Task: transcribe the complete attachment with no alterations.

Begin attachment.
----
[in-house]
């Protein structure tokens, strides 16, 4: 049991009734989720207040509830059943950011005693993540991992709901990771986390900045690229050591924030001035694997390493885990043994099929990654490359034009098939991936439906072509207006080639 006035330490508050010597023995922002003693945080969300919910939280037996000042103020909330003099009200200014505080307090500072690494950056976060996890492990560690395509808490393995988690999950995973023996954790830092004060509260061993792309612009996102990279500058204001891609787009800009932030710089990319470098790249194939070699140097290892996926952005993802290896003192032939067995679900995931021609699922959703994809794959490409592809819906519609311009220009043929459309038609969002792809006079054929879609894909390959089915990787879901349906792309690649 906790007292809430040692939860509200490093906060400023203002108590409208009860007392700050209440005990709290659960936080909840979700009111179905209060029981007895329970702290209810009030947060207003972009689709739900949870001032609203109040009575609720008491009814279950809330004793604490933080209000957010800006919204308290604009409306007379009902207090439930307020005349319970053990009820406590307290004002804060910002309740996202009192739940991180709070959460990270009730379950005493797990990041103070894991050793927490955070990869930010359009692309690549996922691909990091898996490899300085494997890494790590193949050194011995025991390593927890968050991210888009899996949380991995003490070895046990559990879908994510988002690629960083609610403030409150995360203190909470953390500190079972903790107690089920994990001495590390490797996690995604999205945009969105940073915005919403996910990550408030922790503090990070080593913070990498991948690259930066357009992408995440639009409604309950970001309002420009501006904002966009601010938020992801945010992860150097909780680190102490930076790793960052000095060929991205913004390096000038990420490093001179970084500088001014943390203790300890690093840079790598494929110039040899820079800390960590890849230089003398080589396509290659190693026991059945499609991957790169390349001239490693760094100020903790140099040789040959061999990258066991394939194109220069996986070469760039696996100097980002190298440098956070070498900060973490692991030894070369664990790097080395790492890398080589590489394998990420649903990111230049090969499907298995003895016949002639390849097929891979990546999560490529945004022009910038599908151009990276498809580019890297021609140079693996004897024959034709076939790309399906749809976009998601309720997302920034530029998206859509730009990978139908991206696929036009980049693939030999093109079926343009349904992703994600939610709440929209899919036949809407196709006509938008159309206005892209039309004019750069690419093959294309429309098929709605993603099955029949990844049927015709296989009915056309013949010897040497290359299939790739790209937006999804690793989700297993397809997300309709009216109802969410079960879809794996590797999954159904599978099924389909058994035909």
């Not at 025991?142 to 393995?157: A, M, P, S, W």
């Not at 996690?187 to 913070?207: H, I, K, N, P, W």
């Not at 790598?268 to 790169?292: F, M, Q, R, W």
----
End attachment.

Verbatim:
[in-house]
């Protein structure tokens, strides 16, 4: 049991009734989720207040509830059943950011005693993540991992709901990771986390900045690229050591924030001035694997390493885990043994099929990654490359034009098939991936439906072509207006080639 006035330490508050010597023995922002003693945080969300919910939280037996000042103020909330003099009200200014505080307090500072690494950056976060996890492990560690395509808490393995988690999950995973023996954790830092004060509260061993792309612009996102990279500058204001891609787009800009932030710089990319470098790249194939070699140097290892996926952005993802290896003192032939067995679900995931021609699922959703994809794959490409592809819906519609311009220009043929459309038609969002792809006079054929879609894909390959089915990787879901349906792309690649 906790007292809430040692939860509200490093906060400023203002108590409208009860007392700050209440005990709290659960936080909840979700009111179905209060029981007895329970702290209810009030947060207003972009689709739900949870001032609203109040009575609720008491009814279950809330004793604490933080209000957010800006919204308290604009409306007379009902207090439930307020005349319970053990009820406590307290004002804060910002309740996202009192739940991180709070959460990270009730379950005493797990990041103070894991050793927490955070990869930010359009692309690549996922691909990091898996490899300085494997890494790590193949050194011995025991390593927890968050991210888009899996949380991995003490070895046990559990879908994510988002690629960083609610403030409150995360203190909470953390500190079972903790107690089920994990001495590390490797996690995604999205945009969105940073915005919403996910990550408030922790503090990070080593913070990498991948690259930066357009992408995440639009409604309950970001309002420009501006904002966009601010938020992801945010992860150097909780680190102490930076790793960052000095060929991205913004390096000038990420490093001179970084500088001014943390203790300890690093840079790598494929110039040899820079800390960590890849230089003398080589396509290659190693026991059945499609991957790169390349001239490693760094100020903790140099040789040959061999990258066991394939194109220069996986070469760039696996100097980002190298440098956070070498900060973490692991030894070369664990790097080395790492890398080589590489394998990420649903990111230049090969499907298995003895016949002639390849097929891979990546999560490529945004022009910038599908151009990276498809580019890297021609140079693996004897024959034709076939790309399906749809976009998601309720997302920034530029998206859509730009990978139908991206696929036009980049693939030999093109079926343009349904992703994600939610709440929209899919036949809407196709006509938008159309206005892209039309004019750069690419093959294309429309098929709605993603099955029949990844049927015709296989009915056309013949010897040497290359299939790739790209937006999804690793989700297993397809997300309709009216109802969410079960879809794996590797999954159904599978099924389909058994035909």
């Not at 025991?142 to 393995?157: A, M, P, S, W």
């Not at 996690?187 to 913070?207: H, I, K, N, P, W």
């Not at 790598?268 to 790169?292: F, M, Q, R, W």